I try to keep my rational brain engaged, but man, sometimes it's hard going.
Like when I read the story that popped up over at Scientific American last Friday. My ears perked up at the very first line: "It's never aliens, until it is."
Written by Jonathan O'Callaghan and Lee Billings, it tells about a recent discovery made by "Breakthrough Listen," the search-for-extraterrestrial-intelligence program launched by entrepreneur Yuri Milner in 2015. Despite scanning the skies for five years looking for something that might be a sign of alien intelligence, Breakthrough Listen hasn't found anything that couldn't be explained using ordinary astrophysics...
... until now.
Maybe. I hate to add that word, but... "rational brain engaged," and all. There's a lot that's exciting about what they discovered, not least that the signal they found comes from Proxima Centauri -- the nearest star to the Sun, right in our own neighborhood at only 4.2 light years' distance. (Okay, I probably shouldn't say "only." 4.2 light years is about 25,000,000,000,000 miles. One of the fastest spacecraft ever made by humans, Voyager 2, would still take 73,000 years to reach Proxima Centauri -- if it were heading that way, which it's not.)
The proximity of the signal's source is hardly the only exciting thing about it. After all, the universe has plenty of radio sources, and all the ones we've found so far have purely prosaic explanations. The signal is weirdly compressed, occupying a narrow band of frequencies centering around 982 megahertz. Interestingly, this is a frequency range that is usually fairly empty of transmissions, which is one of the reasons the signal stood out, and decreases the likelihood that it's some kind of human-made source being picked up accidentally. "We don’t know of any natural way to compress electromagnetic energy into a single bin in frequency,” said astrophysicist Andrew Siemion, who is on the team that analyzed the signal. "Perhaps, some as-yet-unknown exotic quirk of plasma physics could be a natural explanation for the tantalizingly concentrated radio waves, but for the moment, the only source that we know of is technological."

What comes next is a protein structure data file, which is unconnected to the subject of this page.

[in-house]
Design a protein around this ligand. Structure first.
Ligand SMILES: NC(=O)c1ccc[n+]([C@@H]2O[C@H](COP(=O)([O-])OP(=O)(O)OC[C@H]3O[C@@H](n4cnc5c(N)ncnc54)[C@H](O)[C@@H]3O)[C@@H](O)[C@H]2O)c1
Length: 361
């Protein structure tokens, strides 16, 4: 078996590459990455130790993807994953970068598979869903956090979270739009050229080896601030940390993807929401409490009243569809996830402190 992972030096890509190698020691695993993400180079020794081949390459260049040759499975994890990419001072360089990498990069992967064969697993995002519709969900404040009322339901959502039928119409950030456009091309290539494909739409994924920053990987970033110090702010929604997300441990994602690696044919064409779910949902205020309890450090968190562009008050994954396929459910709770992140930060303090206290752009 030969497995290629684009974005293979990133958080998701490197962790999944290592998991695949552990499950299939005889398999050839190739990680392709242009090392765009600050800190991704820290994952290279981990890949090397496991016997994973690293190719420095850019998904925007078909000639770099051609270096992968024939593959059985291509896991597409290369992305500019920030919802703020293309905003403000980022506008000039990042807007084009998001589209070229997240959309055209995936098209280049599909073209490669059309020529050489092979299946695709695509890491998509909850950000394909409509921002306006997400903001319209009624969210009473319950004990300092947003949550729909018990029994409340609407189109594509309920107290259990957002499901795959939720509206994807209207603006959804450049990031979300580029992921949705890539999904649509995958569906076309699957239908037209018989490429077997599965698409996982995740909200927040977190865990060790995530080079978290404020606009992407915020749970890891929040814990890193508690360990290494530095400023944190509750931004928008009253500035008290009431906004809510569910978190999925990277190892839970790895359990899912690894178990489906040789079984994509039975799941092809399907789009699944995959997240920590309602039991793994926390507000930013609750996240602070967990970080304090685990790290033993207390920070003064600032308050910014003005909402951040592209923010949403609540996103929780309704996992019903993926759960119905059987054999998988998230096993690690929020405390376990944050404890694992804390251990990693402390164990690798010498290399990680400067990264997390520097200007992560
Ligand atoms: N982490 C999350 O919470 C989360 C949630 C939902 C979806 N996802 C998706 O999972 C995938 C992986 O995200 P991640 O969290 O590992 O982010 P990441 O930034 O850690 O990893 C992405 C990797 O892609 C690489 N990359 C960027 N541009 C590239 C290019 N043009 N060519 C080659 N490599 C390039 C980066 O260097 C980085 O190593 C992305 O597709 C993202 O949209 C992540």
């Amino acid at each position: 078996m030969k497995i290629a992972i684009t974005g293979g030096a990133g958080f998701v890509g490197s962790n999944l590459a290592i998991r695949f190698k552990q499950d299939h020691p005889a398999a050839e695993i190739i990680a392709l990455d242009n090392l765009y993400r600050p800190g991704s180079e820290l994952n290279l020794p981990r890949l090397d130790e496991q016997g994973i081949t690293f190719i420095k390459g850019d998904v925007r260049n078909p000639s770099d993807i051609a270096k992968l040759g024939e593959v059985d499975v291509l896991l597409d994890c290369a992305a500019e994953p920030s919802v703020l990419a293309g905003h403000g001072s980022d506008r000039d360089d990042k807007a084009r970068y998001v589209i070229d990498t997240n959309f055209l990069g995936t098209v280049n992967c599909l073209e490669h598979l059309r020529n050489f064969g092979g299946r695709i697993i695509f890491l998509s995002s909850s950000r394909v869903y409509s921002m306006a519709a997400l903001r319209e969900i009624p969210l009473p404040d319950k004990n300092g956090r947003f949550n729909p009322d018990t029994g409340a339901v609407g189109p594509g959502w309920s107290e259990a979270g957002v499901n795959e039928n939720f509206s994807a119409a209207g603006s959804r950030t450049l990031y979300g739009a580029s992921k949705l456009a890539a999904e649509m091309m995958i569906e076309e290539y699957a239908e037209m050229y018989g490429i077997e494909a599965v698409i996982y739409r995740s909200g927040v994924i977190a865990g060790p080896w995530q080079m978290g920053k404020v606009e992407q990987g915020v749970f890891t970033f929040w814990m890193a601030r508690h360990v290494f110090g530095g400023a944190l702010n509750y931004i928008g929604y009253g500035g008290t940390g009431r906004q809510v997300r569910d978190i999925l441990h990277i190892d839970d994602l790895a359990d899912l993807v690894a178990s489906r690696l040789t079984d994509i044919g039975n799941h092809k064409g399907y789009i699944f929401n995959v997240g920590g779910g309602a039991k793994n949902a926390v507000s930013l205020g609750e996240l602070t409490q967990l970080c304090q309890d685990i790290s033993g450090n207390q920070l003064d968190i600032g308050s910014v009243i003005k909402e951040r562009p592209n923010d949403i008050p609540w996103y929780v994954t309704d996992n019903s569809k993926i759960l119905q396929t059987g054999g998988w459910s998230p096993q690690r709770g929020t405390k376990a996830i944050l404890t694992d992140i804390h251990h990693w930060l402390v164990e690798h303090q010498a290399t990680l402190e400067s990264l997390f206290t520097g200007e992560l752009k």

The "tantalizing" part is that we know for sure that Proxima Centauri has at least one Earth-like planet -- Proxima b, which is 1.2 times the size of the Earth, and orbits its star in eleven days. (If that doesn't sound very Earth-like, remember that Proxima Centauri, as a red dwarf, is a lot less massive than the Sun, so its "Goldilocks zone" -- the band of orbital distances that are "just right" for the temperatures to allow liquid water" -- is a lot closer in, and the planets in that region travel a lot faster.) Red dwarf stars are prone to solar flares, so some of the more pessimistic astrophysicists have suggested that the radiation flux and general turbulence would destroy any nearby planets' atmosphere, or at least shower the surface with sufficient ionizing radiation to prevent the development of complex biochemistry, let alone life.
But it's important to realize that this, too, is a surmise. Truthfully, we don't know what's down there on Proxima b -- just that it's got a rocky surface and a temperature range that would allow for liquid oceans, rivers, and lakes.
Just like here.
In short, finding a suspicious radio signal from the nearest star to our own is pretty amazing, even if I *wince* *grimace* keep my rational brain engaged.
The fact is, even the scientists -- normally the most cautious of individuals -- are sounding impressed by this. "It’s the most exciting signal that we’ve found in the Breakthrough Listen project, because we haven’t had a signal jump through this many of our filters before," said Sofia Sheikh of Pennsylvania State University, who led the team that analyzed the signal and is the lead author on an paper describing it, scheduled for publication this spring.